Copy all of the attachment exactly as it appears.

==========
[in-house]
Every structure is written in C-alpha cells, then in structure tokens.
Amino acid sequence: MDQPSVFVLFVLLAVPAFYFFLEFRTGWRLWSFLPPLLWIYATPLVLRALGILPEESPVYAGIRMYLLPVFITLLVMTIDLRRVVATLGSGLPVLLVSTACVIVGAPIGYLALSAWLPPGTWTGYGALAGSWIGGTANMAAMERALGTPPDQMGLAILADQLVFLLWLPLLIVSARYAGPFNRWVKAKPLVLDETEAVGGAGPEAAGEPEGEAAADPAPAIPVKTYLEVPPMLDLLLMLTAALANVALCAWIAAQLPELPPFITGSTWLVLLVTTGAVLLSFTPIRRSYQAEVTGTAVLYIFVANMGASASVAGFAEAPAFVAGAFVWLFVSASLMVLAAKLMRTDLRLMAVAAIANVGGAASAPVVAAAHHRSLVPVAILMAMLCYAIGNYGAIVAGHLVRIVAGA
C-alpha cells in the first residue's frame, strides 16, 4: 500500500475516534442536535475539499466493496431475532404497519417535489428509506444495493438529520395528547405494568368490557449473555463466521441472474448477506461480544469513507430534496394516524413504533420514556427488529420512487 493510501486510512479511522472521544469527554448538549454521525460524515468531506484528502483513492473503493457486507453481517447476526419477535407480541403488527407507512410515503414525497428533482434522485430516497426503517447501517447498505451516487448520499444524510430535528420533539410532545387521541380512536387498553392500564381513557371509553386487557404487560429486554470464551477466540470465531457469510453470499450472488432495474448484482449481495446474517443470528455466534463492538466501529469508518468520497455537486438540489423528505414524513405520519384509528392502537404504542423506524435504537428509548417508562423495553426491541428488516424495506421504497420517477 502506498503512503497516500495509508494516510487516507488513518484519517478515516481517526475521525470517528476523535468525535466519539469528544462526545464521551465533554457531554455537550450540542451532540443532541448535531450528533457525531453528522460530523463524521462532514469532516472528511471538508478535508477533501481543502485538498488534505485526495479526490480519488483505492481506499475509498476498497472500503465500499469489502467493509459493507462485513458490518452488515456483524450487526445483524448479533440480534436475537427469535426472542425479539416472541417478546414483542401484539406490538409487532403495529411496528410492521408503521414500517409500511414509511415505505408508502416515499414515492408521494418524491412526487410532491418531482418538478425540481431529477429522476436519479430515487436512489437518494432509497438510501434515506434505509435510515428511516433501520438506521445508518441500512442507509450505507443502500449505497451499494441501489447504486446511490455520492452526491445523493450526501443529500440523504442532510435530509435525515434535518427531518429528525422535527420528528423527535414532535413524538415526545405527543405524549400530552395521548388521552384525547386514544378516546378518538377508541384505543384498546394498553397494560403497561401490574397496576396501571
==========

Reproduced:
[in-house]
Every structure is written in C-alpha cells, then in structure tokens.
Amino acid sequence: MDQPSVFVLFVLLAVPAFYFFLEFRTGWRLWSFLPPLLWIYATPLVLRALGILPEESPVYAGIRMYLLPVFITLLVMTIDLRRVVATLGSGLPVLLVSTACVIVGAPIGYLALSAWLPPGTWTGYGALAGSWIGGTANMAAMERALGTPPDQMGLAILADQLVFLLWLPLLIVSARYAGPFNRWVKAKPLVLDETEAVGGAGPEAAGEPEGEAAADPAPAIPVKTYLEVPPMLDLLLMLTAALANVALCAWIAAQLPELPPFITGSTWLVLLVTTGAVLLSFTPIRRSYQAEVTGTAVLYIFVANMGASASVAGFAEAPAFVAGAFVWLFVSASLMVLAAKLMRTDLRLMAVAAIANVGGAASAPVVAAAHHRSLVPVAILMAMLCYAIGNYGAIVAGHLVRIVAGA
C-alpha cells in the first residue's frame, strides 16, 4: 500500500475516534442536535475539499466493496431475532404497519417535489428509506444495493438529520395528547405494568368490557449473555463466521441472474448477506461480544469513507430534496394516524413504533420514556427488529420512487 493510501486510512479511522472521544469527554448538549454521525460524515468531506484528502483513492473503493457486507453481517447476526419477535407480541403488527407507512410515503414525497428533482434522485430516497426503517447501517447498505451516487448520499444524510430535528420533539410532545387521541380512536387498553392500564381513557371509553386487557404487560429486554470464551477466540470465531457469510453470499450472488432495474448484482449481495446474517443470528455466534463492538466501529469508518468520497455537486438540489423528505414524513405520519384509528392502537404504542423506524435504537428509548417508562423495553426491541428488516424495506421504497420517477 502506498503512503497516500495509508494516510487516507488513518484519517478515516481517526475521525470517528476523535468525535466519539469528544462526545464521551465533554457531554455537550450540542451532540443532541448535531450528533457525531453528522460530523463524521462532514469532516472528511471538508478535508477533501481543502485538498488534505485526495479526490480519488483505492481506499475509498476498497472500503465500499469489502467493509459493507462485513458490518452488515456483524450487526445483524448479533440480534436475537427469535426472542425479539416472541417478546414483542401484539406490538409487532403495529411496528410492521408503521414500517409500511414509511415505505408508502416515499414515492408521494418524491412526487410532491418531482418538478425540481431529477429522476436519479430515487436512489437518494432509497438510501434515506434505509435510515428511516433501520438506521445508518441500512442507509450505507443502500449505497451499494441501489447504486446511490455520492452526491445523493450526501443529500440523504442532510435530509435525515434535518427531518429528525422535527420528528423527535414532535413524538415526545405527543405524549400530552395521548388521552384525547386514544378516546378518538377508541384505543384498546394498553397494560403497561401490574397496576396501571